Film production in Pennsylvania matters to Tague Lumber. ‘Productions create a domino effect on the local economy. When film productions come to town that means the obvious infusion of cash into the community in the form of: lodging, food (catering and local dining), supplies, equipment and additional staff. The opportunities the film credit have created for Tague Lumber have been remarkable. In our case filming in Pennsylvania means a boom in building materials since every film production needs to construct new stage sets.’
Looking to the future of film in Pennsylvania, Tague Lumber believes that the efforts of PaFIA give a voice to companies like theirs that might not be factored into the positive economic metrics attributed to the Film Tax credit. PaFIA accurately relays the benefits generated by film productions and the effect on local businesses like Tague Lumber.
PaFIA appreciates support from Tague Lumber! PaFIA would like to thank Kevin, Katie Connor, and all the folks at Tague Lumber for their support over the past 5 years.
Please visit our friends at www.taguelumber.com for a better look at their services, which include architecture, building, design, delivery, installation, and renovation.
Pittsburgh. Philadelphia. Lancaster. What do all three cities have in common? Active participation in Pennsylvania’s growing film organization, PaFIA. In case you’re wondering or already know, the acronym PaFIA represents Pennsylvania Film Industry Association.
John Rokosz is a Pittsburgh PaFIA member and co-founder of White Ball Productions—a multimedia company based in Pittsburgh, PA that specializes in original film and music production. White Ball Productions won a 2016 Official Selection for the Pittsburgh Independent Film Festival for its short film production, Monday. Like any conscious artist and filmmaker, John uses filmmaking as a vehicle for purposeful storytelling that moves an audience to think beyond the present moment. The short film, Monday, presents contrasting shoes as the main subject—office worker vs. construction worker—in preparation of a workday to offer a different perspective, literally, in the midst of footsteps directing the necessity of human connection when one’s day does not go quite as planned. John shares an essential message for first-time filmmakers, college film students, and anyone struggling to get a start in the industry: “Take ownership. Take ownership of your craft, and take ownership of the message you’re trying to put out there. And take ownership of what it is in the industry that allows your craft to happen.”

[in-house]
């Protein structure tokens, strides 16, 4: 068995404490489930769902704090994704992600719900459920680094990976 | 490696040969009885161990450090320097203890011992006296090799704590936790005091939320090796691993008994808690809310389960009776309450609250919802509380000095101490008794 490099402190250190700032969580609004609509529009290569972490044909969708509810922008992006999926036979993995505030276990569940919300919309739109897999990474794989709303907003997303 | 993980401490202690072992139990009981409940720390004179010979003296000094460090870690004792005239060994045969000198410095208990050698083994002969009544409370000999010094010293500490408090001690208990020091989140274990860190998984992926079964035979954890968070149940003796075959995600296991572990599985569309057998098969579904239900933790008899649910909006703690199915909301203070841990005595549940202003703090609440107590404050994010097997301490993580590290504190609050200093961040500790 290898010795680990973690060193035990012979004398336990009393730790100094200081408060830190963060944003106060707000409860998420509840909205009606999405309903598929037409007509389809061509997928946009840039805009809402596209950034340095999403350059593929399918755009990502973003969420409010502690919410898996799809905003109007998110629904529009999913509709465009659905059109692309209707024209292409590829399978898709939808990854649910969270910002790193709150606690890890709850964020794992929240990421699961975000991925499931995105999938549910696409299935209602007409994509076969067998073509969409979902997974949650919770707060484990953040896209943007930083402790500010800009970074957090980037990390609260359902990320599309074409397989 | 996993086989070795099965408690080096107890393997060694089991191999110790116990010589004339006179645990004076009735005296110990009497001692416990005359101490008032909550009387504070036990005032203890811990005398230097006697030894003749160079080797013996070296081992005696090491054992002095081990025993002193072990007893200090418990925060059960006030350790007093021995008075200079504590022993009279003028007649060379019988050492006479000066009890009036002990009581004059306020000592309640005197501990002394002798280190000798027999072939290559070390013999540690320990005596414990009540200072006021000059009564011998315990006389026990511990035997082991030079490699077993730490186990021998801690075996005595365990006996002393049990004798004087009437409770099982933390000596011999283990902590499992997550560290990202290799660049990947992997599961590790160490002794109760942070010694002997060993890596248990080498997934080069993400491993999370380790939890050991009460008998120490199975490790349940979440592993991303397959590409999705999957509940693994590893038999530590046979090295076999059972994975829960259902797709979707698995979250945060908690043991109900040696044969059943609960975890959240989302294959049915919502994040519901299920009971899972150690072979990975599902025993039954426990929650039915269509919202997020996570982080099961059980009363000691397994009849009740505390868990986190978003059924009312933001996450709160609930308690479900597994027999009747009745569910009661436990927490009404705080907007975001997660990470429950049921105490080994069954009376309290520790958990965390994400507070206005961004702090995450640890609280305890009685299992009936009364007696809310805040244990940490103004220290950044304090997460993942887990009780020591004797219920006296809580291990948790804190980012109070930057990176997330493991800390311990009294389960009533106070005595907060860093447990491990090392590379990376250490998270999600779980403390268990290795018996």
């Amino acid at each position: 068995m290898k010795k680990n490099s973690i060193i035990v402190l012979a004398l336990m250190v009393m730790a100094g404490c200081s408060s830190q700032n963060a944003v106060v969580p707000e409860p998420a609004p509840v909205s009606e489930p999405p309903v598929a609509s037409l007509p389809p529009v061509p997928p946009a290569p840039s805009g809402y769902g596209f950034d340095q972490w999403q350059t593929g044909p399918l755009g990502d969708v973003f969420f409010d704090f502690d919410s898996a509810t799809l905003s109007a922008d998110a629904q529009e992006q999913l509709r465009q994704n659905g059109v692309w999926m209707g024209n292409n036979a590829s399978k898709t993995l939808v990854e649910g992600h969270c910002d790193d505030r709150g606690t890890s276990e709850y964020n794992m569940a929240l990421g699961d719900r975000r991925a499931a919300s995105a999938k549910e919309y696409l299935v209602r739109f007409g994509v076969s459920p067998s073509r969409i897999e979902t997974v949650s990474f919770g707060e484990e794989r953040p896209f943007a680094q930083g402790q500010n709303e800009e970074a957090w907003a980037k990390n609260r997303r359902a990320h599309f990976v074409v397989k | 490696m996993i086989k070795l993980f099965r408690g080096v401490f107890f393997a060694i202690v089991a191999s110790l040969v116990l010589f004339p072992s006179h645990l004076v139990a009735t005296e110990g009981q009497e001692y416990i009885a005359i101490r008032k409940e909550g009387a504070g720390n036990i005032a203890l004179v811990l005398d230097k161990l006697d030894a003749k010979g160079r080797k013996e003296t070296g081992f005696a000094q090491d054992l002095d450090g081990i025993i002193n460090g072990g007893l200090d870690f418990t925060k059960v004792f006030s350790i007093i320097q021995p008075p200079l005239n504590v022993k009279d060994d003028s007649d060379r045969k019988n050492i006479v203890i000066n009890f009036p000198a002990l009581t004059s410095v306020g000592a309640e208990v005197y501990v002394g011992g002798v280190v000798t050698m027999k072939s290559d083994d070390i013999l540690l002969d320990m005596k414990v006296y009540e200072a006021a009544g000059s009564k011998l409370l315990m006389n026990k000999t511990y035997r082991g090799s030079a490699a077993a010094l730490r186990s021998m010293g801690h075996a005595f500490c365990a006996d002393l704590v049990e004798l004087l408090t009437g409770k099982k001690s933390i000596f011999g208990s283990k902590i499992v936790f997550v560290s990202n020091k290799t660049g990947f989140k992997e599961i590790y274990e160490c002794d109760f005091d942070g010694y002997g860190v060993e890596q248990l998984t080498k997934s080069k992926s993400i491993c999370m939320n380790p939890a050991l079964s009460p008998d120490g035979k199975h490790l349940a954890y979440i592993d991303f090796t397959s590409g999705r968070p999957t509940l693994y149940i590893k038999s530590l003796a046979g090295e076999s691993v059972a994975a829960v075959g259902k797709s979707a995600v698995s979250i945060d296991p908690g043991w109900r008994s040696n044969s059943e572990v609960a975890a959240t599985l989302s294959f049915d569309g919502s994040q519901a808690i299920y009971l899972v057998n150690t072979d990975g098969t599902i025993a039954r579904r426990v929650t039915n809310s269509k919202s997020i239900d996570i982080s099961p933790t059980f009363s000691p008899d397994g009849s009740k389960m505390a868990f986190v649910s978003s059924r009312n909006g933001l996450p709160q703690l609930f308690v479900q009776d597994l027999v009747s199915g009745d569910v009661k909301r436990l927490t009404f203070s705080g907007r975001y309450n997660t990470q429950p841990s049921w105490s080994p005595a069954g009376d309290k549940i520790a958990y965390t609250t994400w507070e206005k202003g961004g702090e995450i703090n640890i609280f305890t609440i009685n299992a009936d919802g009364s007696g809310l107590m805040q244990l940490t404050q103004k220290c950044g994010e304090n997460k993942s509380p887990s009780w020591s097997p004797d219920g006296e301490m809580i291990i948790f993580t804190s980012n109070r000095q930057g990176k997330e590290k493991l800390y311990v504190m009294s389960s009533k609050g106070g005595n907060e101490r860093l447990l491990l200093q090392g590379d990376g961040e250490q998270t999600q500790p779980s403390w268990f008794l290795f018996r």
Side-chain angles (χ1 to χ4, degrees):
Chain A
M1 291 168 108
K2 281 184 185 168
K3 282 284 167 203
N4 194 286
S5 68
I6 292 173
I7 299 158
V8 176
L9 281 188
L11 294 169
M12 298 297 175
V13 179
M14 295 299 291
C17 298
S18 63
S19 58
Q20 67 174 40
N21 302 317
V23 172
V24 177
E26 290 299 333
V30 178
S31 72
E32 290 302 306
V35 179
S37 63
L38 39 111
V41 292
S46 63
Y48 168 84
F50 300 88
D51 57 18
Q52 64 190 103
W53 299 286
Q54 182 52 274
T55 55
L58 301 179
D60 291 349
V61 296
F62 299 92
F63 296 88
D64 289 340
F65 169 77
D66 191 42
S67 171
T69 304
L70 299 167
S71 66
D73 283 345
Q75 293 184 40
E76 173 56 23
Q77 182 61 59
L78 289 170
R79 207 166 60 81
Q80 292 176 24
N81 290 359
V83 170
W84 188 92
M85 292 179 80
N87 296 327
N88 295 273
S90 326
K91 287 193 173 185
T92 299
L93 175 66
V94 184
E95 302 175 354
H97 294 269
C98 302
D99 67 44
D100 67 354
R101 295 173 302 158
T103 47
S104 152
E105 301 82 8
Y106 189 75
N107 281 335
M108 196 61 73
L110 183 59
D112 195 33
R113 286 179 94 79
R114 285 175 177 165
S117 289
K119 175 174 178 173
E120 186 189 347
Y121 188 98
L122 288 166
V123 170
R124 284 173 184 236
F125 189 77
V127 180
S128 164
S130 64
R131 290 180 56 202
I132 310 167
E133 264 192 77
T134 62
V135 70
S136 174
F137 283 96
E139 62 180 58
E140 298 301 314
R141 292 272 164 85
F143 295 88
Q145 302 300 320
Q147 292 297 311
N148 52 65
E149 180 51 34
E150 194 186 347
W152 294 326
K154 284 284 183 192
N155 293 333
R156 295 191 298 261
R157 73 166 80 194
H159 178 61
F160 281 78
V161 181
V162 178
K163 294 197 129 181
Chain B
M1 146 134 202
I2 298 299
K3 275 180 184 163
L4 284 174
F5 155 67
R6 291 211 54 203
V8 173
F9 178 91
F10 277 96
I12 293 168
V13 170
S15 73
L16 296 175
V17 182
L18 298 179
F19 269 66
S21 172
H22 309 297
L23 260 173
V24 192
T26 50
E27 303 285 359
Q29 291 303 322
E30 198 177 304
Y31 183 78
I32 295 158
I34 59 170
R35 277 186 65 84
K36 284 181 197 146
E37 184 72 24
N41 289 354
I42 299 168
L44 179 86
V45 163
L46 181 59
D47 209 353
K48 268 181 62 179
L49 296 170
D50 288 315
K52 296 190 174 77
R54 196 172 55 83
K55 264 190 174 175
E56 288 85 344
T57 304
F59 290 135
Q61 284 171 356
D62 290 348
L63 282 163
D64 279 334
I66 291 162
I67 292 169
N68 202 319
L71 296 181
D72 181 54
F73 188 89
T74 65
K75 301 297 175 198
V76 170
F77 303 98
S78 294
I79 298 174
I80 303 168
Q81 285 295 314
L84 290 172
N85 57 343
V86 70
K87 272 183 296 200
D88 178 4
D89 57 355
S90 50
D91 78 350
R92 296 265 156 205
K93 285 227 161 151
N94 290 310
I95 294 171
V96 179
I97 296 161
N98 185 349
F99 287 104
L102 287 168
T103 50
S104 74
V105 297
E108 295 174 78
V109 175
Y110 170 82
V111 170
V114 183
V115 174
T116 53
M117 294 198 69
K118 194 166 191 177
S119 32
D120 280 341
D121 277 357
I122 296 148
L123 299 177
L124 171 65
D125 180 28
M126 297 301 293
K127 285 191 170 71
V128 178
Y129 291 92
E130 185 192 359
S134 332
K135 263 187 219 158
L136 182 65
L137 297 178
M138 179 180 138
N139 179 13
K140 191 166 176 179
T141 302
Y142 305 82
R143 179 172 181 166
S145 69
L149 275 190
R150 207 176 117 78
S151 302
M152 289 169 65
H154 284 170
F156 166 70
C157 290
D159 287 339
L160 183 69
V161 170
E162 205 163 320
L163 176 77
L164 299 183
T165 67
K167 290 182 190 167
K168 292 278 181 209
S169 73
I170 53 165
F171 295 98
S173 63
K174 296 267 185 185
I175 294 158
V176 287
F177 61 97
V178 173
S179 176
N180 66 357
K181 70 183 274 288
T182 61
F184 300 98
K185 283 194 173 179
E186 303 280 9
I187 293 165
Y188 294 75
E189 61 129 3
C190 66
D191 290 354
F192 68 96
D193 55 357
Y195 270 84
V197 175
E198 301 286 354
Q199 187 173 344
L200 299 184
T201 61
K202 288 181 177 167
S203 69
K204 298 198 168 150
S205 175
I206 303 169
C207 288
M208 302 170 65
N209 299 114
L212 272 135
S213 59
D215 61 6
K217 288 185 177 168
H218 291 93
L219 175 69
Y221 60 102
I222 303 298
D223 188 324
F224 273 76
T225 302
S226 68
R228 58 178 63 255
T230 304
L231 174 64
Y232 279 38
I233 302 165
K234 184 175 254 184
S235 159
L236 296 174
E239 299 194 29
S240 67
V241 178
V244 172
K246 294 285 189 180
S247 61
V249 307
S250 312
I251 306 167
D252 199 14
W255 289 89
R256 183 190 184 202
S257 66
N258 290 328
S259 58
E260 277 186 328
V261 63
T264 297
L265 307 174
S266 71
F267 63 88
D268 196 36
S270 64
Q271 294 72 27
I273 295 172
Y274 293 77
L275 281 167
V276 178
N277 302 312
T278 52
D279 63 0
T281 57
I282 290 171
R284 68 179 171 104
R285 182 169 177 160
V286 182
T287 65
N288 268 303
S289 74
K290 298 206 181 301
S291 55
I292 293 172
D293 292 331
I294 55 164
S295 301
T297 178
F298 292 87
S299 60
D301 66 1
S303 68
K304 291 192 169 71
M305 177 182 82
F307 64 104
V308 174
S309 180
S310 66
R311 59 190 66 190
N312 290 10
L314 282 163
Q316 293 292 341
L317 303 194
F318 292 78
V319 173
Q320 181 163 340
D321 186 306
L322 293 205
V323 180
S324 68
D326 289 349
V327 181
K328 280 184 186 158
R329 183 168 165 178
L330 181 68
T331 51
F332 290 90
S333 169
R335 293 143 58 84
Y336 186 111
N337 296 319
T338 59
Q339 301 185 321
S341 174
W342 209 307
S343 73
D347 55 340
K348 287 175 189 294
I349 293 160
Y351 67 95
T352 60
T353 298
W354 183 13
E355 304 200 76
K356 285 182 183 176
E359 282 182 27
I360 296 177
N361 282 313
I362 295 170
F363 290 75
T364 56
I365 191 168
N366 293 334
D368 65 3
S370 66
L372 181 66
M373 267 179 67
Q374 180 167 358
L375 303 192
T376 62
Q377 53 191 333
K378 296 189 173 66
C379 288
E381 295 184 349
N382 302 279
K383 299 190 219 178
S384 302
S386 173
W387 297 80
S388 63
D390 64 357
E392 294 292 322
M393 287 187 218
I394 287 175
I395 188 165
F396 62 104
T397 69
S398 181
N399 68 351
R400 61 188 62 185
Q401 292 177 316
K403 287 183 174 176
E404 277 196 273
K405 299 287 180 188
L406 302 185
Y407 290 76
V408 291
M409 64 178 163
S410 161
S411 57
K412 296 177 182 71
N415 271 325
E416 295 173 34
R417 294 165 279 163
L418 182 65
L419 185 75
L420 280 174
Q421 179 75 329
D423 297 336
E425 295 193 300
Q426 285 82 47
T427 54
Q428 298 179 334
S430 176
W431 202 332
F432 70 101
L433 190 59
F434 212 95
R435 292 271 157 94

Where should you begin in taking ownership? John says to “Get involved in PaFIA. Get involved in your film school. If you’ve made it, come back and make an investment in your hometown.” Any filmmaker’s journey is a story that takes time to develop to reach the desired climax. Your climax is up to you, but cannot be reached without involvement with people working in the industry and on projects. PaFIA is Pennsylvania’s platform for city-state networking industry involvement. John joined PaFIA in 2013 because he was interested in the networking opportunities as well as understanding the purpose and advantage of the organization. Now, he interviews industry professionals and writes articles for PaFIA.